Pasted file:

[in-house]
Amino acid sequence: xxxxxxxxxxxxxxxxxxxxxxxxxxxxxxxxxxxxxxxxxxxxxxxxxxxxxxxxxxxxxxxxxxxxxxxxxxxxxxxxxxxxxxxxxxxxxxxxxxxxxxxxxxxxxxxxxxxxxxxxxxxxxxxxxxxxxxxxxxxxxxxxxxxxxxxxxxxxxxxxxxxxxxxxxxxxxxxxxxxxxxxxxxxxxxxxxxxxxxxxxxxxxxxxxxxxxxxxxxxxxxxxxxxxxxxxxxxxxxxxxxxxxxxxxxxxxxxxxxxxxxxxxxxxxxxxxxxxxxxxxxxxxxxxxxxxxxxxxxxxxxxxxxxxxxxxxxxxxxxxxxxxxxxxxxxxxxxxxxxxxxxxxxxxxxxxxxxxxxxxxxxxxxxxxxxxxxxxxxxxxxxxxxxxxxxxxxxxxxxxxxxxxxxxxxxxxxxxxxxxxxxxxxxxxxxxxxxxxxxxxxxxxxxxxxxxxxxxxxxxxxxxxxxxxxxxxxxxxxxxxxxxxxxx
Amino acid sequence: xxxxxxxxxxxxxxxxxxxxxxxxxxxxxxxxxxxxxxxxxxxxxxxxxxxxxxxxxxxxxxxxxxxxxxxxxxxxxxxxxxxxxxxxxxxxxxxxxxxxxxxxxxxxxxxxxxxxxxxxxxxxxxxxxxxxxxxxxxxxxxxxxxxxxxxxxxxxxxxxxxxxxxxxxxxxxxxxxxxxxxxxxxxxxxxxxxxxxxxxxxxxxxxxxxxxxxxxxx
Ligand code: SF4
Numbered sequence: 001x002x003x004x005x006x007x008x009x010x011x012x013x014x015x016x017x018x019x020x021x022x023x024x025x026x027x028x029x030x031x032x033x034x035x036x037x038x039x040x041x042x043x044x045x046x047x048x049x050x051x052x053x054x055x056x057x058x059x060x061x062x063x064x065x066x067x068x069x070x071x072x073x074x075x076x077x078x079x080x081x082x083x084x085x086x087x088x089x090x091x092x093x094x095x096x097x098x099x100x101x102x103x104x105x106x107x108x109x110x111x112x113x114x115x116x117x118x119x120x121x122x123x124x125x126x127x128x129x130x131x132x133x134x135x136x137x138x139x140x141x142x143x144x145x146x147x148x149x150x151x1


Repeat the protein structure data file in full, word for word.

[in-house]
Amino acid sequence: xxxxxxxxxxxxxxxxxxxxxxxxxxxxxxxxxxxxxxxxxxxxxxxxxxxxxxxxxxxxxxxxxxxxxxxxxxxxxxxxxxxxxxxxxxxxxxxxxxxxxxxxxxxxxxxxxxxxxxxxxxxxxxxxxxxxxxxxxxxxxxxxxxxxxxxxxxxxxxxxxxxxxxxxxxxxxxxxxxxxxxxxxxxxxxxxxxxxxxxxxxxxxxxxxxxxxxxxxxxxxxxxxxxxxxxxxxxxxxxxxxxxxxxxxxxxxxxxxxxxxxxxxxxxxxxxxxxxxxxxxxxxxxxxxxxxxxxxxxxxxxxxxxxxxxxxxxxxxxxxxxxxxxxxxxxxxxxxxxxxxxxxxxxxxxxxxxxxxxxxxxxxxxxxxxxxxxxxxxxxxxxxxxxxxxxxxxxxxxxxxxxxxxxxxxxxxxxxxxxxxxxxxxxxxxxxxxxxxxxxxxxxxxxxxxxxxxxxxxxxxxxxxxxxxxxxxxxxxxxxxxxxxxxx
Amino acid sequence: xxxxxxxxxxxxxxxxxxxxxxxxxxxxxxxxxxxxxxxxxxxxxxxxxxxxxxxxxxxxxxxxxxxxxxxxxxxxxxxxxxxxxxxxxxxxxxxxxxxxxxxxxxxxxxxxxxxxxxxxxxxxxxxxxxxxxxxxxxxxxxxxxxxxxxxxxxxxxxxxxxxxxxxxxxxxxxxxxxxxxxxxxxxxxxxxxxxxxxxxxxxxxxxxxxxxxxxxxx
Ligand code: SF4
Numbered sequence: 001x002x003x004x005x006x007x008x009x010x011x012x013x014x015x016x017x018x019x020x021x022x023x024x025x026x027x028x029x030x031x032x033x034x035x036x037x038x039x040x041x042x043x044x045x046x047x048x049x050x051x052x053x054x055x056x057x058x059x060x061x062x063x064x065x066x067x068x069x070x071x072x073x074x075x076x077x078x079x080x081x082x083x084x085x086x087x088x089x090x091x092x093x094x095x096x097x098x099x100x101x102x103x104x105x106x107x108x109x110x111x112x113x114x115x116x117x118x119x120x121x122x123x124x125x126x127x128x129x130x131x132x133x134x135x136x137x138x139x140x141x142x143x144x145x146x147x148x149x150x151x1